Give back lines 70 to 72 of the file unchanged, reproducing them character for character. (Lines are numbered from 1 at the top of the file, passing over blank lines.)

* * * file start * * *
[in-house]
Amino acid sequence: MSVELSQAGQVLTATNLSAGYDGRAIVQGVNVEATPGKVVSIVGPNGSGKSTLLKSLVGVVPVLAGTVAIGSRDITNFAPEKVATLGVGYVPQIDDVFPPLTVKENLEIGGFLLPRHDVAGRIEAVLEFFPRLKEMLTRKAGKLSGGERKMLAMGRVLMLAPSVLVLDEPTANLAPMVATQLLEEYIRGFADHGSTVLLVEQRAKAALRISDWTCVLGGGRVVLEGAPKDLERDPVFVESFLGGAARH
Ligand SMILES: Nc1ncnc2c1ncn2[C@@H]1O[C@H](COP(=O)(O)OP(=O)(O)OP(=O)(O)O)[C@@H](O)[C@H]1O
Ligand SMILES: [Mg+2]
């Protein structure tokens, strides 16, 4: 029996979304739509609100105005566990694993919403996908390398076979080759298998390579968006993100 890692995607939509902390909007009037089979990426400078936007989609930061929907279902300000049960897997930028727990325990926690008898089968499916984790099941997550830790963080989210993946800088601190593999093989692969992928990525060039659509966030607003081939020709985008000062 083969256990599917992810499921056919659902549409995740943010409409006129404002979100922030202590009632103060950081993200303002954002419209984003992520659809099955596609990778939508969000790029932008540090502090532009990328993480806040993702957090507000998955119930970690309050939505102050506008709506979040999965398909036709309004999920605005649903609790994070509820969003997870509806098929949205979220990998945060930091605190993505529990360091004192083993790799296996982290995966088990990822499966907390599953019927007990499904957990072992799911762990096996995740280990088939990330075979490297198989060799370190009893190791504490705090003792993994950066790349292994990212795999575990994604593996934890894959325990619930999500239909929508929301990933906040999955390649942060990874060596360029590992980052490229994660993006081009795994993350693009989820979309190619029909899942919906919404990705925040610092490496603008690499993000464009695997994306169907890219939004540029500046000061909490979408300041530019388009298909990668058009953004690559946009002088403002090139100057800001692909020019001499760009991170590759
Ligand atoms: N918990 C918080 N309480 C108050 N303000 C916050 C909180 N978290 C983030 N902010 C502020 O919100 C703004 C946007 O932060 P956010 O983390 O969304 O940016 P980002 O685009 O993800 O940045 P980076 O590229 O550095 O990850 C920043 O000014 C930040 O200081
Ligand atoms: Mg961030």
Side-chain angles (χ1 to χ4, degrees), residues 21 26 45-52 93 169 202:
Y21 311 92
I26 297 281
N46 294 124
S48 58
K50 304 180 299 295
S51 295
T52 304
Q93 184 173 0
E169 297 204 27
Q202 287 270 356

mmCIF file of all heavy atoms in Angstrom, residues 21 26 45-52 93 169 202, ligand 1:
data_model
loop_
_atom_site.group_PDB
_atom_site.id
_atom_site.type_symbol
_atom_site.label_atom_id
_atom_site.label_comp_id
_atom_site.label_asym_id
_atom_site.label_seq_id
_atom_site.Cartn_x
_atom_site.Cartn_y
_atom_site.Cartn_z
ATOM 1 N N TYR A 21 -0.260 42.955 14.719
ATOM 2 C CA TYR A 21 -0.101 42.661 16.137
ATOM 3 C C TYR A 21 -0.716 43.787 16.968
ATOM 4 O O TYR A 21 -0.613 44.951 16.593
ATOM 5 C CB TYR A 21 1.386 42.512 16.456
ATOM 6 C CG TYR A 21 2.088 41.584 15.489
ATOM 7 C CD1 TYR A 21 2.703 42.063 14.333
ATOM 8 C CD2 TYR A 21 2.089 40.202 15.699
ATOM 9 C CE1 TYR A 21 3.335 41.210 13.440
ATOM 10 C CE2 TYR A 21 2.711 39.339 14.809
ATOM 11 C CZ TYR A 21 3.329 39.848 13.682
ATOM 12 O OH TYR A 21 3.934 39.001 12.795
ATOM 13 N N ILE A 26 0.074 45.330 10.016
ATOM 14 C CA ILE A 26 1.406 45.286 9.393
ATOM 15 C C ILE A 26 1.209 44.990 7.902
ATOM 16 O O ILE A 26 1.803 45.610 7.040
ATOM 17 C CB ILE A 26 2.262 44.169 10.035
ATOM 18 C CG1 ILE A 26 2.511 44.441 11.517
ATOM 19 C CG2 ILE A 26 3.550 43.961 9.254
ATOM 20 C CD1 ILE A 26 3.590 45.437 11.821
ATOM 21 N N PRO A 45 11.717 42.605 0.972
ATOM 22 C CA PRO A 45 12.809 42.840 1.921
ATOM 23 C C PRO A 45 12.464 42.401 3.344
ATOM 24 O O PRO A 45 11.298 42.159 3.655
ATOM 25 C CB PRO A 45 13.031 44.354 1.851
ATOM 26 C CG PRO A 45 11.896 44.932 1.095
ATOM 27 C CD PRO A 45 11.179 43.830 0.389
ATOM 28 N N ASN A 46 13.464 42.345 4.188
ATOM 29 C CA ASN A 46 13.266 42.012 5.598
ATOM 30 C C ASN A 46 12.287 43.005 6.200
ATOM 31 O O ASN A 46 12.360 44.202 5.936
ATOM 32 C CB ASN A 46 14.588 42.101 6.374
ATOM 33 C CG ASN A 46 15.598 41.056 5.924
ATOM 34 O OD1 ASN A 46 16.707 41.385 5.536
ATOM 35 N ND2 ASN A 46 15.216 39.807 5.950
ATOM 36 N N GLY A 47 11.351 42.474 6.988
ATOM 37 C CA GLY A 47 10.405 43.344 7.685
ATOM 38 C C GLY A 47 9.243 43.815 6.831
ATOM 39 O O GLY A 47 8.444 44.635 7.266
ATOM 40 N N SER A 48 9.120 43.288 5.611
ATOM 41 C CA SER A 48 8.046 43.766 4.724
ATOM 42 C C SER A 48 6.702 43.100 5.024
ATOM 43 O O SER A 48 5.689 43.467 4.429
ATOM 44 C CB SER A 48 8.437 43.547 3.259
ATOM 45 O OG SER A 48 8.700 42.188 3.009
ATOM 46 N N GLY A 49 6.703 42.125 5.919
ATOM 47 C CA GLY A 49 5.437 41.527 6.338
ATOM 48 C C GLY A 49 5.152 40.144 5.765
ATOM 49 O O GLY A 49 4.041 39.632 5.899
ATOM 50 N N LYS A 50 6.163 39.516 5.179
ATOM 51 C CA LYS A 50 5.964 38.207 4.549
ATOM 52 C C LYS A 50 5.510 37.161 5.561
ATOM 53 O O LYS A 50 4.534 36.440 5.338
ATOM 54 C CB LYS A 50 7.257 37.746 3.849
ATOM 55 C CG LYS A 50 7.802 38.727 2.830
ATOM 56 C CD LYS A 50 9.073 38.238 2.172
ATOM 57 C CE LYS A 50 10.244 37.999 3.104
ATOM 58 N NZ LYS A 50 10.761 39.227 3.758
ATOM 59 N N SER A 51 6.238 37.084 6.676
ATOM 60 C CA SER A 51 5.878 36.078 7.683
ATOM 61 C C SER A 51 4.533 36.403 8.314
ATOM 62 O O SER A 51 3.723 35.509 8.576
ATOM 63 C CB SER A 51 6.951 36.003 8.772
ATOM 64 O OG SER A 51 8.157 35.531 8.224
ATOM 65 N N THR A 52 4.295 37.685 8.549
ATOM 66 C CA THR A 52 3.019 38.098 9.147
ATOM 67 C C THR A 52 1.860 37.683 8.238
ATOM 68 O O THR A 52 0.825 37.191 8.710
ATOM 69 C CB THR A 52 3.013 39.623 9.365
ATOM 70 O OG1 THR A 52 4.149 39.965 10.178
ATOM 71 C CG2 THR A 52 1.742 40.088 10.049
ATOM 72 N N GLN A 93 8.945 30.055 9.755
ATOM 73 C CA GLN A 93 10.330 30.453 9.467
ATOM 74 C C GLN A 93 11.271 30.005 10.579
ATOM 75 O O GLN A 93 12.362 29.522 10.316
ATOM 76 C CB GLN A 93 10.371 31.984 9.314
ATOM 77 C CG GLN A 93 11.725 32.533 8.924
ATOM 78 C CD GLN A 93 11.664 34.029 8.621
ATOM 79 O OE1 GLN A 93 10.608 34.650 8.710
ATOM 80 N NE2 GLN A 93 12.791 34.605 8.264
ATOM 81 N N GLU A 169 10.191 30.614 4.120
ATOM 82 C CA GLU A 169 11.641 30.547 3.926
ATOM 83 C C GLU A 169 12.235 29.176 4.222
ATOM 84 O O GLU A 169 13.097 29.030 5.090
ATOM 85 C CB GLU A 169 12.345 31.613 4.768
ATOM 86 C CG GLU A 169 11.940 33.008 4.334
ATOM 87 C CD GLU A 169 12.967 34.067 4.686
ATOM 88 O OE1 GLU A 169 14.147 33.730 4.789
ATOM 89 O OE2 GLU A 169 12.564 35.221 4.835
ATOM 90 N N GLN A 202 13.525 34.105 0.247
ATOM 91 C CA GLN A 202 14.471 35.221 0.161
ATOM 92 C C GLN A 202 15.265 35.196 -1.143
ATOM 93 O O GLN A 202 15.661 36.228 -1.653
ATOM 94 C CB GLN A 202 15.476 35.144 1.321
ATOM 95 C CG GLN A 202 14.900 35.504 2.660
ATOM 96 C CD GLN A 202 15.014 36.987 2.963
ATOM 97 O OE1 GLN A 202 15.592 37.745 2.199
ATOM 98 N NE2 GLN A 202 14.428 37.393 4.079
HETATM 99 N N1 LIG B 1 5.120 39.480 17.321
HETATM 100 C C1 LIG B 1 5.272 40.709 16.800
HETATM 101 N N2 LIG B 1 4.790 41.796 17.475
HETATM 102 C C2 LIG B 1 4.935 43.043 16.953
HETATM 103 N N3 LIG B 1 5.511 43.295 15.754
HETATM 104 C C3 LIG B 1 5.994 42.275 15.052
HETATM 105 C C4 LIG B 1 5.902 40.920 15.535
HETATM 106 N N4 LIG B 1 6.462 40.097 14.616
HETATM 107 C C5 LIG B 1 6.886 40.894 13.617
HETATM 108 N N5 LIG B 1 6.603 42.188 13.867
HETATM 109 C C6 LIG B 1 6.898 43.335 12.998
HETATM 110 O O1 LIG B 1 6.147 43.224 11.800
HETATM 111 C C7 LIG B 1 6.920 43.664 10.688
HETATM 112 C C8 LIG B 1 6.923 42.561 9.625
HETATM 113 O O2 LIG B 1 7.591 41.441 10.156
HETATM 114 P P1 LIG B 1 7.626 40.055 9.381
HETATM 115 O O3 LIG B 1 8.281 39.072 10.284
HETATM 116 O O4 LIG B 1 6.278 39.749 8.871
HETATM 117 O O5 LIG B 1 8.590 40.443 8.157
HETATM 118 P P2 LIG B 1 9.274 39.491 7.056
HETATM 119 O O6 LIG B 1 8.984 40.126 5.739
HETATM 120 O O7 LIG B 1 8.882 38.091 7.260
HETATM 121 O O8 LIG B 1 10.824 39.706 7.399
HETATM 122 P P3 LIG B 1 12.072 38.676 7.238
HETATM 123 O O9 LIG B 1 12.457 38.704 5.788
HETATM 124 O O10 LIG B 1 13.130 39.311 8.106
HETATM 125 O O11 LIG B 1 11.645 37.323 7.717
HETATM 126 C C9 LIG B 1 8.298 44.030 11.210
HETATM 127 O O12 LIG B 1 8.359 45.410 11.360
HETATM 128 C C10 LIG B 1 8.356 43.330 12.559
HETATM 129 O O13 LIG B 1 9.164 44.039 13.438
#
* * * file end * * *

ATOM 39 O O GLY A 47 8.444 44.635 7.266
ATOM 40 N N SER A 48 9.120 43.288 5.611
ATOM 41 C CA SER A 48 8.046 43.766 4.724